In the pediatric ward we could treat many kids with various infections.  A 1-year old with gastro-enteritis and a distended abdomen was taken to an ultra-sound test just as I was starting to treat him. Too bad they couldn’t wait, as the abdomen was normal at the end of his treatment I resumed an hour later.

Our trip to the remote valley of Nagar was challenging this year, as the flights were cancelled because of clouds and we had to go by car both ways: 34 hours on the way up, with one shower stop. The return was broken in 2 legs, so it was “only” 5 hours and then 21!!  Anoushka was good sport, we had a comfortable car where we could sleep and we made the best of it on the legendary Karakoram Highway, through massive stone landscapes.

Muhammad Ibrahim, our precious advocate and guide in Nagar Valley, had the good idea of gathering a group of our patients of last year, at USWA, the private school we had conducted screenings and treatments at. The feedback was excellent: half the kids were completely cured, the other half were all much improved. We continued our work in the different classes. The school had moved as the roofs of their buildings were destroyed by strong winds this Spring. We found them conducting classes on terraces of other schools for lack of space.

We connected with members of the academic support of USWA, who will help us extend our work.  It is also important to keep going back to the same villages, Nagar and Hoper, as with time the population understands better what osteopathy can do. Also, our successful treatments validate the information we gave them about the harm of flattening babies’ heads. A flat head is considered more beautiful, mostly for boys, but they have started doing it to girls too. They use a hard pillow, and also bandages around the head. This is a catastrophe for the function of the nerves coming out of the cranium at the back of the head, that can become irritated by the abnormal compression. It interferes with proper information conduction through those nerves.  A lot of the babies we treat are not healing from simple infections; the weakness of their immune system can be caused, at least in part, by the nerve compression. Some kids have no impairment from the head-flattening of course, but if there were a traumatic birth or a later injury, function can definitely be compromised.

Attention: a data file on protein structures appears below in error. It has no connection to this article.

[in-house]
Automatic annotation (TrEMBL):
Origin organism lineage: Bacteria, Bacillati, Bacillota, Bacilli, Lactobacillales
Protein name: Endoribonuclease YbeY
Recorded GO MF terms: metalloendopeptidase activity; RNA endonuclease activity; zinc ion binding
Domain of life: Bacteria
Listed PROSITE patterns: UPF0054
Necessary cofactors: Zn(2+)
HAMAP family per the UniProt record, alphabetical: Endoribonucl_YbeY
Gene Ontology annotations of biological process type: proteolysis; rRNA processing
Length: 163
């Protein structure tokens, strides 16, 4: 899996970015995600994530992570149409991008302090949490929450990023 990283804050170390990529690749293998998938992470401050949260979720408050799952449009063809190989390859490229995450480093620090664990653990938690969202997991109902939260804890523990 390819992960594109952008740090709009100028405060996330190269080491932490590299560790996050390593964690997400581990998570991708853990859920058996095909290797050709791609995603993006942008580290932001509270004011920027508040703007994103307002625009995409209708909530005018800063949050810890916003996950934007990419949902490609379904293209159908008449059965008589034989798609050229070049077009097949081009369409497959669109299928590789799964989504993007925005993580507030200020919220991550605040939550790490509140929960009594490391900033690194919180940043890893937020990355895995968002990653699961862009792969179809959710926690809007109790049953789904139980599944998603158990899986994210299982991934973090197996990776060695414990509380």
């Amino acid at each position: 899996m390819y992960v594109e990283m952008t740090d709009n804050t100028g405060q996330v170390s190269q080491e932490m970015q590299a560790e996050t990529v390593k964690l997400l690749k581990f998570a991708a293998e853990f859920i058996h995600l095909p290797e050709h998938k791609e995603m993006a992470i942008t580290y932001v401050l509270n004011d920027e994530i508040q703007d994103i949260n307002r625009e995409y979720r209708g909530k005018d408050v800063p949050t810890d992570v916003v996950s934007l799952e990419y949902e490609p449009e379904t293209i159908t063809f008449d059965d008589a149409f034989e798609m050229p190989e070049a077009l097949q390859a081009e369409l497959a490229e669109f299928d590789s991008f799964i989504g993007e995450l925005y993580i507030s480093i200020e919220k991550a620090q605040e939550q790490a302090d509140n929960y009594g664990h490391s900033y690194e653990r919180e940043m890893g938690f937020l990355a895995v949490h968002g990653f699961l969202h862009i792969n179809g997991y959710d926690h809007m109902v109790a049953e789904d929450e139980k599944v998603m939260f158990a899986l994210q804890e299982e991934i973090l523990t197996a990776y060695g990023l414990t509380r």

We have created a poster we are spreading widely to help mothers understand the importance of keeping their babies’ head the way they were meant to be.

We presented our work to classes of teenage-girls in both villages: I called onto their responsibility as educated girls to stop this harmful tradition.

We treated an 11-year old boy who was suffering from urinary problem, a form of leakage. He had seen many doctors, had gone to a university hospital all the way to Karachi, with no improvement. I heard a month later that his condition was much improved and he can now control his sphincters to a great extent.

presentation to a class of high-school girls

feedback from our patients from last year

The goal of the mission is to treat the underprivileged population, but the goal of the Foundation is to bring osteopathy to Pakistan. So in addition to all the treatments, we did a lot of presentations to those who can support the creation of an osteopathic school in Pakistan.  We were happy to meet the executive team of Fatima Memorial System, a hospital, medical school, allied sciences schools, and outreach program with a wonderful caring dedicated spirit. It is an institution delivering allopathic care in a holistic manner that could be a good partner with our efforts.

We have started applying for state recognition of osteopathy. The secretary of Health of Punjab, Muhammad Jehanzeb Khan, and his team, have assured us of their support.

Our goal is to start in Lahore with a 5-year part-time osteopathic program in the Fall of 2012, when teachers will be sent from the CEO school in Montreal. The program will be open to physiotherapists and doctors.  Thanks to the fund-raising efforts of board-member Aleema Khan and the Imran Khan Foundation, Pakistani students will be able to pay local cost for Western teachers.

For the third phase, in about 10 years, the local osteopaths will become the teachers and supervisors of a full-time program entered after grade 12.

Thank you for your help and support in allowing OWB accomplish its mission.  Check our  web-site to follow our progress.  Your donations are gladly accepted, by check or via pay-pal on the web-site.